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Criminal complicity: A comparative analysis of homicide liability. / ,
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The work considers the construction of homicide liability where two or more parties participate in a crime that culminates in a homicide collateral to the original criminal purpose. Under English law, this scenario is encountered in joint enterprise cases and, in 1997, the House of Lords gave a judg...
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The work considers the construction of homicide liability where two or more parties participate in a crime that culminates in a homicide collateral to the original criminal purpose. Under English law, this scenario is encountered in joint enterprise cases and, in 1997, the House of Lords gave a judgement intended to clarify the liability of participating non-perpetrators of homicides committed during the execution of joint criminal enterprises. In 1993, the Law Commission recommended amending the doctrinal basis of complicity. Omitting joint enterprise from the new framework, it was suggested that it be recognised as a separate doctrine. In order to assess the Law Commission's proposals and the House of Lords' judgement, the historical progress and socio-political context of complicity and homicide are examined prior to analysing the alternative doctrinal foundations for secondary liability, including the relationship between complicity, incitement and conspiracy. In concluding that an amendment to the doctrinal basis of complicity fails to deliver convincingly comprehensive solutions to the existing problems and that joint enterprise cannot stand alone as a meaningfully discrete head of liability, attention is focussed upon the impact of the substantive law of murder and involuntary manslaughter upon secondary liability. It is submitted that the unpalatable theoretical solutions to secondary party homicide liability gain potency from the development of substantive homicide and from the uneven results achieved when applying the substantive law to accessories. The principal comparative model is South African law. Having chosen to adopt common purpose liability from English law and develop the resulting liability alongside Roman-Dutch principles. South Africa provides both similarities and differences with English developments. Furthermore, consideration of the cases that pervaded the apartheid era provide a further insight into the socio-political context of this area of the law. Both the English and South African material include cases up to and including 30 June 2002.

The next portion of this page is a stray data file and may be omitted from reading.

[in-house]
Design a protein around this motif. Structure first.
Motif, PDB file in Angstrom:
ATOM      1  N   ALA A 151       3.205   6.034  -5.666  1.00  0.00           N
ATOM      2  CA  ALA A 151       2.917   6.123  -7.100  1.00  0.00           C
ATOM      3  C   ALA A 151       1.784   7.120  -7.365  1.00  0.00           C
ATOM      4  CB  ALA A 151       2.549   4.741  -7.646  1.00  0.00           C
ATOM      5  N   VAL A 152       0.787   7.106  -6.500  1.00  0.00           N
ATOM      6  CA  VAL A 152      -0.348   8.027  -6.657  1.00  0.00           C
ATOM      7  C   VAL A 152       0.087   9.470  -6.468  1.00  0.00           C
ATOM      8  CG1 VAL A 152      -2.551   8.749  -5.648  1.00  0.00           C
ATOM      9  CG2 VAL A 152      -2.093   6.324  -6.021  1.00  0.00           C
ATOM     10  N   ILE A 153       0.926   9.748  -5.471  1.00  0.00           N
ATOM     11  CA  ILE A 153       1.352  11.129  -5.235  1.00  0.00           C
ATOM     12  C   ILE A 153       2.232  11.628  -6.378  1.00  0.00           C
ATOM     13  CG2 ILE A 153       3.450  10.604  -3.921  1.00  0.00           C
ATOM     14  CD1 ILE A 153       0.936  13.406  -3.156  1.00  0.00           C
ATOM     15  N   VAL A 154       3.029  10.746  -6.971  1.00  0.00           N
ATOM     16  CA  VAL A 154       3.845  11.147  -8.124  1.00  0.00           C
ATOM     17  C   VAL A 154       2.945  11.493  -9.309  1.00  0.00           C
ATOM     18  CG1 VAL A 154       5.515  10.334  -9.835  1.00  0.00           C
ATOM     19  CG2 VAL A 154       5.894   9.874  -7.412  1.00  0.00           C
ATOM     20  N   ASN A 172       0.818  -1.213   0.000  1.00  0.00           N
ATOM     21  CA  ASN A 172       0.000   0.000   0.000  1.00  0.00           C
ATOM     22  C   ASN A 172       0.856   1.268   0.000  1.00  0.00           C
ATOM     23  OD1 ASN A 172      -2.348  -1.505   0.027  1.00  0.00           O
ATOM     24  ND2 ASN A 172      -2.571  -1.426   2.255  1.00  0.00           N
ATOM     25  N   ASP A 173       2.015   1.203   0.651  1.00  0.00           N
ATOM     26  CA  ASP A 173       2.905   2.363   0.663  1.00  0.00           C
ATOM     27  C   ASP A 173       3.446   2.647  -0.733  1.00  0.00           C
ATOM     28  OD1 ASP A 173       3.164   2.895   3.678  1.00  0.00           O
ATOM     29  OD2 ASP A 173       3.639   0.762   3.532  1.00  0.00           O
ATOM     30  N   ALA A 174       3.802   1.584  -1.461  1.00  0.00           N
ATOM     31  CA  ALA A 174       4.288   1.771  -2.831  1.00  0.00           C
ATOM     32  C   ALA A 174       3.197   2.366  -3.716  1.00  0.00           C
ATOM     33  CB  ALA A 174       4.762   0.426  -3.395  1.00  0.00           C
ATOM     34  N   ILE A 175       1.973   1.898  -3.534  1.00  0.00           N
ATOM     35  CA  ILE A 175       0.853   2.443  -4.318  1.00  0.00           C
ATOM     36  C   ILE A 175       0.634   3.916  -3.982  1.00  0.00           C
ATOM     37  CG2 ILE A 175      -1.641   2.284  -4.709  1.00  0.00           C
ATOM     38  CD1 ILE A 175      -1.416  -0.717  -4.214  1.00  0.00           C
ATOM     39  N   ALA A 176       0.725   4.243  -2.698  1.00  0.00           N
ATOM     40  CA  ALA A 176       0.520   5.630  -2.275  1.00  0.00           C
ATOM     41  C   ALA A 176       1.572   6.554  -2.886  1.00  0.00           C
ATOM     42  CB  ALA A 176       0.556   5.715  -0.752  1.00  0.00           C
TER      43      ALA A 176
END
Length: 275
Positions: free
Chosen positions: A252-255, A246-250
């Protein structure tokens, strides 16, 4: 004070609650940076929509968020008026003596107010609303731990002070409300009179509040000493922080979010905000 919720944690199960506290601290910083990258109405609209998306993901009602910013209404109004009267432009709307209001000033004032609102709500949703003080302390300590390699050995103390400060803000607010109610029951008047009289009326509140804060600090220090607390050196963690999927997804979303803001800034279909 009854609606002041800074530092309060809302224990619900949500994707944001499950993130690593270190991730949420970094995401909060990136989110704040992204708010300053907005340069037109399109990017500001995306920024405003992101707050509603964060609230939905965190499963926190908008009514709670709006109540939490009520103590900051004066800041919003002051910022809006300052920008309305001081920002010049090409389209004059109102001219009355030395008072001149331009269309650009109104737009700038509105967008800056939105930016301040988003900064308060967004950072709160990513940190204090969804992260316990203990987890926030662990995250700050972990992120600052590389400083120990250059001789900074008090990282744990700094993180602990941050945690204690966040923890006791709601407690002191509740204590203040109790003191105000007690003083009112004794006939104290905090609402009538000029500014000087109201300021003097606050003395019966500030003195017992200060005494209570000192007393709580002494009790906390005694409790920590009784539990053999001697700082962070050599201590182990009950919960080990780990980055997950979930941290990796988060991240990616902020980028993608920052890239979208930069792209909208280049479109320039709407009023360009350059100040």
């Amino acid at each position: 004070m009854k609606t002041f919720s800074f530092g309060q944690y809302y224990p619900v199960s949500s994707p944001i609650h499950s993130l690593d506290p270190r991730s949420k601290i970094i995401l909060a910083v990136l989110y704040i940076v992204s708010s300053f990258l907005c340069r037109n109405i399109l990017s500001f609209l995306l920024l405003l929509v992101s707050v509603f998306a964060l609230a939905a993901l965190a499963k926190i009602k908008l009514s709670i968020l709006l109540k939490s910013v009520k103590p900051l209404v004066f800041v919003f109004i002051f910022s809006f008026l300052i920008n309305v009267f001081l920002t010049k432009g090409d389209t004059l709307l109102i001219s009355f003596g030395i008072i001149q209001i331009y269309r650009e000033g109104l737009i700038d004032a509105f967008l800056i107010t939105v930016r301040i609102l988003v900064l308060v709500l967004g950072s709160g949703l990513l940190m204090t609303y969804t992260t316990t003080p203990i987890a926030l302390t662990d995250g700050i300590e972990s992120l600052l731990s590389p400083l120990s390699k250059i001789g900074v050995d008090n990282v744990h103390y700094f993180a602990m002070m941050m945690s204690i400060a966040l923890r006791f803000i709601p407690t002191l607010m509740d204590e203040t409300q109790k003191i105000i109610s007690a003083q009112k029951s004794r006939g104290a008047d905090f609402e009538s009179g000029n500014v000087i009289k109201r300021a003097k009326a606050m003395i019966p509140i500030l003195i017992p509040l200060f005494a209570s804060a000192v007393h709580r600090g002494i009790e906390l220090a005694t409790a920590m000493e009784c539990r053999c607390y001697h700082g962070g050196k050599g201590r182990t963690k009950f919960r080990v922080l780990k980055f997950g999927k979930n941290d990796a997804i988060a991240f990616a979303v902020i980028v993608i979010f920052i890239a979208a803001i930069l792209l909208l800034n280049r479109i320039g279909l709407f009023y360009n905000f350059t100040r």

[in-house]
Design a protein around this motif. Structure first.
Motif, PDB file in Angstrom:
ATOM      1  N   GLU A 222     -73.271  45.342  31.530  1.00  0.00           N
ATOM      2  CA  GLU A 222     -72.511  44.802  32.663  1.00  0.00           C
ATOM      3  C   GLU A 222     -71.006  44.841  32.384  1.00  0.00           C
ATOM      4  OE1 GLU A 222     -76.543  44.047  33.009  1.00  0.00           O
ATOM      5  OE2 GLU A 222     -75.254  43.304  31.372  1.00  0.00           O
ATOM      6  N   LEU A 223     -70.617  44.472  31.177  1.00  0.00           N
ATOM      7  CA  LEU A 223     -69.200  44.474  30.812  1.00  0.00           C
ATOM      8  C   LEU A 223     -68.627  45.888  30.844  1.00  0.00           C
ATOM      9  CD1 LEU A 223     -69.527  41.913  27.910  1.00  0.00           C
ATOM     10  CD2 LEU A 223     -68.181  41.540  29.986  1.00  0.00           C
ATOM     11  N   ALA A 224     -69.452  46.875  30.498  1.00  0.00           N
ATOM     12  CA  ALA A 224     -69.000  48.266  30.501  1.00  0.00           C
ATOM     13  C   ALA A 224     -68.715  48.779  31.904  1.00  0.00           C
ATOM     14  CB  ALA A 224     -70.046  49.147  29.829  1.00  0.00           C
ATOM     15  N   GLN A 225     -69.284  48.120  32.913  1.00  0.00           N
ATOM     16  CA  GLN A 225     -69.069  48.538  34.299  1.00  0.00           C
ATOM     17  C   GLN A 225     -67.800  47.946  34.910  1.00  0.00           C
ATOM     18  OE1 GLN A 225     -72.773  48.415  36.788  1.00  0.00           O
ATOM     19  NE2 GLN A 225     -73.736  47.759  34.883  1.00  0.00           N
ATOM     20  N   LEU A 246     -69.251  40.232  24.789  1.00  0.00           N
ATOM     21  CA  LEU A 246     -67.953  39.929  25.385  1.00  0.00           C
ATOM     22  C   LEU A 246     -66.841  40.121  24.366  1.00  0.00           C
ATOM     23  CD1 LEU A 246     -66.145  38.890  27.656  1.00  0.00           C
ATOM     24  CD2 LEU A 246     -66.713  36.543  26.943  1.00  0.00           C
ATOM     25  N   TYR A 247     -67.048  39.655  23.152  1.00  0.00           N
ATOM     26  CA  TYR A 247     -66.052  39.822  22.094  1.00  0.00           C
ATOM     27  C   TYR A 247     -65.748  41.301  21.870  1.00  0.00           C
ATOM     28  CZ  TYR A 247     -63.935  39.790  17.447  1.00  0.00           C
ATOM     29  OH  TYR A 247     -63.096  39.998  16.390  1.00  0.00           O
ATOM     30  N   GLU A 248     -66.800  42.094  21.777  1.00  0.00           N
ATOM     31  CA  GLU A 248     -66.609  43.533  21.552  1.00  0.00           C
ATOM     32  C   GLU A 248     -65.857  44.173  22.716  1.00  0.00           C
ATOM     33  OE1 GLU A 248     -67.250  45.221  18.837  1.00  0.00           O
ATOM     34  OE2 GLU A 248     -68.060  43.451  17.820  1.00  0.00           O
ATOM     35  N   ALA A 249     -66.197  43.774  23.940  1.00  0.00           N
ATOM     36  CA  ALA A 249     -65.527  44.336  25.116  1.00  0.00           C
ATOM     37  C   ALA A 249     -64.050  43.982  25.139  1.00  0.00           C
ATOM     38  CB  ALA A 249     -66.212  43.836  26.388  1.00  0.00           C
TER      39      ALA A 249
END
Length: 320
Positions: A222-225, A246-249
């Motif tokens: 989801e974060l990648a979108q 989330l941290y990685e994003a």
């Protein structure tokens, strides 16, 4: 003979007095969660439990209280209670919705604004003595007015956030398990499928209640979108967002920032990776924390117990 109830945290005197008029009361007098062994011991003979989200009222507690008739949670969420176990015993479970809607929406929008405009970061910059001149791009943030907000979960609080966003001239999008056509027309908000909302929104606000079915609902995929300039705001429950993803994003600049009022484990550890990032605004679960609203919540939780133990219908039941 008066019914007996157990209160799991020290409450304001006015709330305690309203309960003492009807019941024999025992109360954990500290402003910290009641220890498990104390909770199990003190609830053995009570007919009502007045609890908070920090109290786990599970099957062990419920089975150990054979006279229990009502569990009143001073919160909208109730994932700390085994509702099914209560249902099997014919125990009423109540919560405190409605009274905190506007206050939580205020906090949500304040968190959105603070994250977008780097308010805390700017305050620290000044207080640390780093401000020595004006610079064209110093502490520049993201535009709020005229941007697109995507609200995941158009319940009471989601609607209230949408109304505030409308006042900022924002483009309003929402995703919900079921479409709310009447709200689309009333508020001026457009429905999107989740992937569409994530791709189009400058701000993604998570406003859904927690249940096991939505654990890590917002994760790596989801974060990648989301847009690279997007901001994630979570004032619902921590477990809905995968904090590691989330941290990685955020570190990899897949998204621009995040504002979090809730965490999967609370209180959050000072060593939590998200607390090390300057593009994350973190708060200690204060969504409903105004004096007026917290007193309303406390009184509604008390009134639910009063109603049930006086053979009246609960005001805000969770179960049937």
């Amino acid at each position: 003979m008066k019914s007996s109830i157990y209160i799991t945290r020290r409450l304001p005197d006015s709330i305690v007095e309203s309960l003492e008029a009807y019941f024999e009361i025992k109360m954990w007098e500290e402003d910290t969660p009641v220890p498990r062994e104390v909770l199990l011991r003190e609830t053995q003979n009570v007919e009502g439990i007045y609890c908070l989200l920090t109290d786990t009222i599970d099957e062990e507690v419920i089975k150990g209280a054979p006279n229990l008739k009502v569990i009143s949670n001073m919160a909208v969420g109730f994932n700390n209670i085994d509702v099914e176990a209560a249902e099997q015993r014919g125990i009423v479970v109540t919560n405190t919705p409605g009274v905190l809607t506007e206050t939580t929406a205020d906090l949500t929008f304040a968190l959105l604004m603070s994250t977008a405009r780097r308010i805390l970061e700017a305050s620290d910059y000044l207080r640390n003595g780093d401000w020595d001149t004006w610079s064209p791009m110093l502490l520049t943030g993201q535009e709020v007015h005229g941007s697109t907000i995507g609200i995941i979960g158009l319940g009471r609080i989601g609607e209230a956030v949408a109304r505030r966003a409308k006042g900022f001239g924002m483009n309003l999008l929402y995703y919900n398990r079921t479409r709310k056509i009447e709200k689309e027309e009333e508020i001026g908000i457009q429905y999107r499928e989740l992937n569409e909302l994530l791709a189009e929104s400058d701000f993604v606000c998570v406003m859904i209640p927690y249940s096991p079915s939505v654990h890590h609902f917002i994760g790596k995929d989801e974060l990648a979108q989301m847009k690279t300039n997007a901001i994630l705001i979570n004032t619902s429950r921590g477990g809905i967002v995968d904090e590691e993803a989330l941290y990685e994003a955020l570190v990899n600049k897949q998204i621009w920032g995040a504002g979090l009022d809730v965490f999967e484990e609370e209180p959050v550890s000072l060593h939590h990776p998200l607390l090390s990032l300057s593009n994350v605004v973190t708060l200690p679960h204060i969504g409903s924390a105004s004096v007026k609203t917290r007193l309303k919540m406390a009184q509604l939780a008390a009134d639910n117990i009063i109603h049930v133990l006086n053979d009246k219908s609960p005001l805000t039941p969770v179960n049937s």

College of Human and Health Sciences